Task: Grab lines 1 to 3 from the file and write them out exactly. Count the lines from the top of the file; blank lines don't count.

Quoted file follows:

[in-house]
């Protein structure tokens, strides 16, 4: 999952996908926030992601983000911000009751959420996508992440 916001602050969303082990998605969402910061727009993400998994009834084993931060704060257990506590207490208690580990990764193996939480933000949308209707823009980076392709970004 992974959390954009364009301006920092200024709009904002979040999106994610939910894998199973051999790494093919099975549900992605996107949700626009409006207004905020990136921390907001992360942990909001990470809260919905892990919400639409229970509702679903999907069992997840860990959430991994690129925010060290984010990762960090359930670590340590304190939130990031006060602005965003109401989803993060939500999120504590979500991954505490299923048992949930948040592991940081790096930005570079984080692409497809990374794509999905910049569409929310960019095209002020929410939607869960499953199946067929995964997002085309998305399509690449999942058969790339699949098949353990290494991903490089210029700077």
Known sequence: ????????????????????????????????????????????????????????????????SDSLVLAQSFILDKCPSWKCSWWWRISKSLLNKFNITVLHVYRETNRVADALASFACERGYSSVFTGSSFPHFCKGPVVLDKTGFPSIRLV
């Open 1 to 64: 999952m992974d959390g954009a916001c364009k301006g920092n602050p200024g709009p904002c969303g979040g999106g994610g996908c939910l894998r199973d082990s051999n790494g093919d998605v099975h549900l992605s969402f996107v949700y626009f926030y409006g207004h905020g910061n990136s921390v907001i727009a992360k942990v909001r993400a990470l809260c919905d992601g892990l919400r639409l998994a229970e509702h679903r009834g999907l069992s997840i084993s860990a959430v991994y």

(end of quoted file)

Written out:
[in-house]
């Protein structure tokens, strides 16, 4: 999952996908926030992601983000911000009751959420996508992440 916001602050969303082990998605969402910061727009993400998994009834084993931060704060257990506590207490208690580990990764193996939480933000949308209707823009980076392709970004 992974959390954009364009301006920092200024709009904002979040999106994610939910894998199973051999790494093919099975549900992605996107949700626009409006207004905020990136921390907001992360942990909001990470809260919905892990919400639409229970509702679903999907069992997840860990959430991994690129925010060290984010990762960090359930670590340590304190939130990031006060602005965003109401989803993060939500999120504590979500991954505490299923048992949930948040592991940081790096930005570079984080692409497809990374794509999905910049569409929310960019095209002020929410939607869960499953199946067929995964997002085309998305399509690449999942058969790339699949098949353990290494991903490089210029700077």
Known sequence: ????????????????????????????????????????????????????????????????SDSLVLAQSFILDKCPSWKCSWWWRISKSLLNKFNITVLHVYRETNRVADALASFACERGYSSVFTGSSFPHFCKGPVVLDKTGFPSIRLV